Yesterday, a group of plaintiffs including the University of Oklahoma chapter of the AAUP filed a lawsuit challenging an Oklahoma law, known as HB 1775, which severely restricts faculty at public universities and K–12 public schools in the state from teaching and talking about race and gender in the classroom.
Oklahoma is one of eight states that have passed similar legislation seeking to suppress discussion about race and gender in the classroom. This is the first federal lawsuit facially challenging one of these statewide bans—that is, arguing that the law is unconstitutional as it is written, not only as it has been applied. The lawsuit argues that HB 1775 chills students’ and educators’ First Amendment right to learn and talk about these issues, and also prevents students from having an open and complete dialogue about American history.
The enactment of HB 1775 has already harmed teachers and students. In public universities, professors fear sanctions for continuing to teach material related to race, gender, and sexual orientation, and some professors have restructured their pedagogy to avoid such topics. Oklahoma school districts have instructed teachers not to use terms including “diversity” and “white privilege” in their classrooms, and have removed important works of literature such as To Kill a Mockingbird and A Raisin in the Sun from a list of “anchor texts.” Multiple Oklahoma public schools have also scaled back or eliminated diversity, equity, and inclusion trainings.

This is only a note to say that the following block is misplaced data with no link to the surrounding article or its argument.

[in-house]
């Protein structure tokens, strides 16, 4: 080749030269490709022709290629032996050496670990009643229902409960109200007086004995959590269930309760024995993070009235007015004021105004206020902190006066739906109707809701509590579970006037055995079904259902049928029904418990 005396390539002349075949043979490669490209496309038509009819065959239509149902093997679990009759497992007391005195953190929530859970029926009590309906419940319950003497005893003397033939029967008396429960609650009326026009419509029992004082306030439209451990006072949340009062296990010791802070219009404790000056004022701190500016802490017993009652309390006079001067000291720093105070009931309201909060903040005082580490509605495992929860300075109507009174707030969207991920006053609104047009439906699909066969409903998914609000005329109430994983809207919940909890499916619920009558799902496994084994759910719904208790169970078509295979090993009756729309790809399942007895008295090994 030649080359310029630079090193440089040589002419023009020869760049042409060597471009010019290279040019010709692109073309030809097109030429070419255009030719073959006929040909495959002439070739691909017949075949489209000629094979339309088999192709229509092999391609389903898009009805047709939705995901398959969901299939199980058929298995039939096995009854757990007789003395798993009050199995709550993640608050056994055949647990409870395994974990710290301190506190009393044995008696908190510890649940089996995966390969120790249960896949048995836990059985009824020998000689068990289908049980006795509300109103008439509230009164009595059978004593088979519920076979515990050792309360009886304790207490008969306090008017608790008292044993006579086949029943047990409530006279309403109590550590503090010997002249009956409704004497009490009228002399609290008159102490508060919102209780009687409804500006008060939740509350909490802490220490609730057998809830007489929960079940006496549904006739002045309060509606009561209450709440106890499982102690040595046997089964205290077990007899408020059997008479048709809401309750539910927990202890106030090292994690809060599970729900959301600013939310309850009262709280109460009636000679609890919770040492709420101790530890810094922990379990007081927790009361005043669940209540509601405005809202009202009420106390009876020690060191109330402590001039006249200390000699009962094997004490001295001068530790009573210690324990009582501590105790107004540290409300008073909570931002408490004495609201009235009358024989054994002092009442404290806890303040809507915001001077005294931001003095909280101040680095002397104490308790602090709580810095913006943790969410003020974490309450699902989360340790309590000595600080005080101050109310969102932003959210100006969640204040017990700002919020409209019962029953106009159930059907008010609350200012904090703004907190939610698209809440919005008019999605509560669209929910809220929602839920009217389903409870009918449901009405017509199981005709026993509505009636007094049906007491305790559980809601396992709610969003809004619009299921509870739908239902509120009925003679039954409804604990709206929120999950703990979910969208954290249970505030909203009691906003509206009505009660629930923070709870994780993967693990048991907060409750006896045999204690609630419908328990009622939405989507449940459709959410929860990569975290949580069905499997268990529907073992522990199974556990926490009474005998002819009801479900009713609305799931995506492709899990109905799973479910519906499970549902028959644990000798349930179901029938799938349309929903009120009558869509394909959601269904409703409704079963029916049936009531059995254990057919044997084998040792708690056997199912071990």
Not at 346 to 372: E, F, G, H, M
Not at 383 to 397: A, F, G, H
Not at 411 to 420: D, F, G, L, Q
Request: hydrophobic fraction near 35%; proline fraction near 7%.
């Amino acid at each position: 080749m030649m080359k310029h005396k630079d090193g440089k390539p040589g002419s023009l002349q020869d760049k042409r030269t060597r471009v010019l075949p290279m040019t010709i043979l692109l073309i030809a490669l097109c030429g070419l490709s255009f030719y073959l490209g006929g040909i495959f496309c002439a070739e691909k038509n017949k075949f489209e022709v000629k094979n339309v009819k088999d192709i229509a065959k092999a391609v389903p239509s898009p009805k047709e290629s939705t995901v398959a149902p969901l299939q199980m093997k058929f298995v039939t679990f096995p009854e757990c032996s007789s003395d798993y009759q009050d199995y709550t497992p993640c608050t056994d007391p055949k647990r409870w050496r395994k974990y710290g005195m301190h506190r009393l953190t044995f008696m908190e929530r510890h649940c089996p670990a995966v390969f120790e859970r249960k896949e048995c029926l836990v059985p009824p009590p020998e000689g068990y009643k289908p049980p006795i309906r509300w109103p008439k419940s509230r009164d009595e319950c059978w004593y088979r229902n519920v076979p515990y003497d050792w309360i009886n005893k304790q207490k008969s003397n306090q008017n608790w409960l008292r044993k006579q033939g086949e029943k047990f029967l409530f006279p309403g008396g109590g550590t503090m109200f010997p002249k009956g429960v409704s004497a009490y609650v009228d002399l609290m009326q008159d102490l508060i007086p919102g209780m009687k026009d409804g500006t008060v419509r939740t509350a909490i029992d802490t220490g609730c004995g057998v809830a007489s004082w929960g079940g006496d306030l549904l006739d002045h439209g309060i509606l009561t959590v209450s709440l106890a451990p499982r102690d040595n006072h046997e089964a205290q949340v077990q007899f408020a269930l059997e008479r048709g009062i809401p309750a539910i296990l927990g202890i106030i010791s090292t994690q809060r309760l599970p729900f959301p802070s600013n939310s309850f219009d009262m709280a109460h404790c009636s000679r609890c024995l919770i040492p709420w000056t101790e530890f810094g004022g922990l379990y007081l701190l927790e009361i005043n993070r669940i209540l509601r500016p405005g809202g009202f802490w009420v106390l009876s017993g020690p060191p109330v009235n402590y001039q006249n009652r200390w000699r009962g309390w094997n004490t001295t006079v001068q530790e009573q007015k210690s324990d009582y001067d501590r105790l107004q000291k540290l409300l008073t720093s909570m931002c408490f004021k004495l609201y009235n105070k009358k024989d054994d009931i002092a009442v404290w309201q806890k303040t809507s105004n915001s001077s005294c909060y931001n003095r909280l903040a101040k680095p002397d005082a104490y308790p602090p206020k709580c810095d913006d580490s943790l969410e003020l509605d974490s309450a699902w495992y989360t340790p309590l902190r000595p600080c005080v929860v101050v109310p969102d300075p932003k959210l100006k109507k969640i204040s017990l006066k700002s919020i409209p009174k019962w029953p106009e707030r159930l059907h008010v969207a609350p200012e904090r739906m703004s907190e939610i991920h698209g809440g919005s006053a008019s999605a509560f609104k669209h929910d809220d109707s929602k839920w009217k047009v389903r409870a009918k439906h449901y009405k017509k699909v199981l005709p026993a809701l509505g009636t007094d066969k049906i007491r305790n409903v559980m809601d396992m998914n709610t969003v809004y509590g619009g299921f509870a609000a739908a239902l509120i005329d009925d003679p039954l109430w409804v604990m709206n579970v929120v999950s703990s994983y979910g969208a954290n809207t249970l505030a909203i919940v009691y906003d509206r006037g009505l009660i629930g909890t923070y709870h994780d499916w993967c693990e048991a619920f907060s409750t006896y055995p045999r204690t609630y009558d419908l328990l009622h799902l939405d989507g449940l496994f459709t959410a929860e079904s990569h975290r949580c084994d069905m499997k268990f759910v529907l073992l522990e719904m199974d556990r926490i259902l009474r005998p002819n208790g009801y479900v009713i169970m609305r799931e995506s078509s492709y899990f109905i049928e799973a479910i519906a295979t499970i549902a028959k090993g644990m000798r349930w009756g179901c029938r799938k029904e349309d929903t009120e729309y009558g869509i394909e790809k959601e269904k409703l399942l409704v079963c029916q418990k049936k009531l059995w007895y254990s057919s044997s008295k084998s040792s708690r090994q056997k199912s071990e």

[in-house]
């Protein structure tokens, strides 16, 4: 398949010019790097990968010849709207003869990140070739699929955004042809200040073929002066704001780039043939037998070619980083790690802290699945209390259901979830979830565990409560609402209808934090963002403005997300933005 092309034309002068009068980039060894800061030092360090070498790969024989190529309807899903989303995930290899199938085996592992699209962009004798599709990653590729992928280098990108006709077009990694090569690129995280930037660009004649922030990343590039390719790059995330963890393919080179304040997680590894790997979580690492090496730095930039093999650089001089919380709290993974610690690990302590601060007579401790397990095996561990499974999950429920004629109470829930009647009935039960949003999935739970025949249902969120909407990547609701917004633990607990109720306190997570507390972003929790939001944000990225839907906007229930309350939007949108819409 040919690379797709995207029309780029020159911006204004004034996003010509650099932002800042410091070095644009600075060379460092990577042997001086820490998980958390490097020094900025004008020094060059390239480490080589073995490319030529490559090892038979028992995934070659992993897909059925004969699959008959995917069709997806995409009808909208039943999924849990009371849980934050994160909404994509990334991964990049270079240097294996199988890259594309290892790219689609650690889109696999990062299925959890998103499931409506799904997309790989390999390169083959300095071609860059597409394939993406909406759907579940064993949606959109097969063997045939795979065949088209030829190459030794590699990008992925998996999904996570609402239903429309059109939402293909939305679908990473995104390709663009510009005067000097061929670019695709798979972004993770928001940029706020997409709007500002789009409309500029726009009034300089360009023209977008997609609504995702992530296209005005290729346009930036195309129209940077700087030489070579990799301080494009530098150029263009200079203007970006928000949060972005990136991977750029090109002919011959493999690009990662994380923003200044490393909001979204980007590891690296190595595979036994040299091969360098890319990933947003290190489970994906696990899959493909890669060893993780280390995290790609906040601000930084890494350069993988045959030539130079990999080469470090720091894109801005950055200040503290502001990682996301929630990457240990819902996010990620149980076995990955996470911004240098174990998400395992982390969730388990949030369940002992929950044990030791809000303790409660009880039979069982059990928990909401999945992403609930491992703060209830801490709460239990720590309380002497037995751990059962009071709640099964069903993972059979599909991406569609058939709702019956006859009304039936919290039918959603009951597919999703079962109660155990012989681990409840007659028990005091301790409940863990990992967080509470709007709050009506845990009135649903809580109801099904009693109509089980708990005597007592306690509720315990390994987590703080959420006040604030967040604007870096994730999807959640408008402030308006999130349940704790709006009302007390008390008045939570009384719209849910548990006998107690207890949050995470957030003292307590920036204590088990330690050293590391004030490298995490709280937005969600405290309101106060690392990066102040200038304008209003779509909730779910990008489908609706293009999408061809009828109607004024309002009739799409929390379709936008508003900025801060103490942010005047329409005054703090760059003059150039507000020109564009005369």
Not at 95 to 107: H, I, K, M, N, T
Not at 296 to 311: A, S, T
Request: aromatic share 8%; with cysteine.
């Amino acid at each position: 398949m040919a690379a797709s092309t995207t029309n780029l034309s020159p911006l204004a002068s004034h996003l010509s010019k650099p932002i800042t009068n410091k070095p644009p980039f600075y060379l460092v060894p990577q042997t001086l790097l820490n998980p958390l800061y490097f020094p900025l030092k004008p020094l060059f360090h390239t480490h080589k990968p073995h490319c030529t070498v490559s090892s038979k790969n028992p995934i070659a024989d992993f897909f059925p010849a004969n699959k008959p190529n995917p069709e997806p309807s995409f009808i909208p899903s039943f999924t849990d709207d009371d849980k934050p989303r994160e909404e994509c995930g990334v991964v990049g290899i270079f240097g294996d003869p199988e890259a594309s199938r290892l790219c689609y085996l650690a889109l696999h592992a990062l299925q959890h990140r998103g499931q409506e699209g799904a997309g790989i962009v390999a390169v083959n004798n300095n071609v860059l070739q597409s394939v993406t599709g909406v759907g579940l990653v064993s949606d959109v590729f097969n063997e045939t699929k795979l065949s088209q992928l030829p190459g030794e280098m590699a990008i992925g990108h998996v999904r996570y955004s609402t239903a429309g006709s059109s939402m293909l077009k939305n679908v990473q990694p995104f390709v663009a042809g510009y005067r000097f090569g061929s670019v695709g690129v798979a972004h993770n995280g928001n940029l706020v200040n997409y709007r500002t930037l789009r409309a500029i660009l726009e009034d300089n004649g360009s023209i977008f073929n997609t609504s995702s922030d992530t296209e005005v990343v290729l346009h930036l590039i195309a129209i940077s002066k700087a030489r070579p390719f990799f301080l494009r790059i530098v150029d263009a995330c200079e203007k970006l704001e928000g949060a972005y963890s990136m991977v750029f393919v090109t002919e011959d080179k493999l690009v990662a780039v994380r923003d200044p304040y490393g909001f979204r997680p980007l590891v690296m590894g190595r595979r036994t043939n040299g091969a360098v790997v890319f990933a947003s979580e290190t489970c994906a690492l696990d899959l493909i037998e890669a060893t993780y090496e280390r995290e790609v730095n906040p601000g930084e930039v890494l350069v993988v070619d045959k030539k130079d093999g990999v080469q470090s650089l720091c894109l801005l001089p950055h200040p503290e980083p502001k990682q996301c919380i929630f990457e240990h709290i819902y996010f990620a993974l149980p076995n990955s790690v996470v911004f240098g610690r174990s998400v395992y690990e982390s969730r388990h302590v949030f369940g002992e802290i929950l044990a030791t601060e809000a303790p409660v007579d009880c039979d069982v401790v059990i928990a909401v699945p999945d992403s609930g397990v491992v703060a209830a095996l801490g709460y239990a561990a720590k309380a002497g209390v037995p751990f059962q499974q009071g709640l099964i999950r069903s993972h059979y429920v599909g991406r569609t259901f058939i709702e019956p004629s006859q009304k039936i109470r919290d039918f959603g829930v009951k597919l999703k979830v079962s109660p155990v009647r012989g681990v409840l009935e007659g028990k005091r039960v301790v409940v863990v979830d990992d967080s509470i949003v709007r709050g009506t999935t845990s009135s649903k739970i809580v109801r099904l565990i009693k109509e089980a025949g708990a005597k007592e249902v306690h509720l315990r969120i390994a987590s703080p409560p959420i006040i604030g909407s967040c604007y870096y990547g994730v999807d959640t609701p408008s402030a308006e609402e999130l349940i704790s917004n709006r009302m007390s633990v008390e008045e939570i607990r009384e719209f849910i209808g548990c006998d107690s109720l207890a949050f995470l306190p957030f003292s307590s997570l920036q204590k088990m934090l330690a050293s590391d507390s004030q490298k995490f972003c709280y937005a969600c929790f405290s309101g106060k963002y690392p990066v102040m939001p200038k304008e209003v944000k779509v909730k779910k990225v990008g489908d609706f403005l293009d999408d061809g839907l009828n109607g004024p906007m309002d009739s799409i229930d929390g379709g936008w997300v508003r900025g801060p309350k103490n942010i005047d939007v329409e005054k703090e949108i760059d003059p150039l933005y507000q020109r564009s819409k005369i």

In the words of Michael Givel, president of the OU-AAUP chapter, the law “directly curtails academic freedom in public universities in Oklahoma. It has a chilling effect on academic freedom as it can and has purposely targeted Oklahoma public school teachers and administrators from imparting a complete history in our schools, free from censorship or discrimination. Curriculum decisions and what is taught in a college classroom for the promotion of a balanced education are unequivocally protected from outside political requirements and interference. University professors are not sock puppets for the biased ideological agendas of elected politicians.”
The groups are asking the court to declare the law unconstitutional under the First and Fourteenth Amendments and are urging the court to issue a preliminary injunction.
This lawsuit was filed in the United States District Court for the Western District of Oklahoma by the American Civil Liberties Union, ACLU of Oklahoma, the Lawyers’ Committee for Civil Rights Under Law, and pro bono counsel Schulte Roth & Zabel LLP.
Risa Lieberwitz, AAUP General Counsel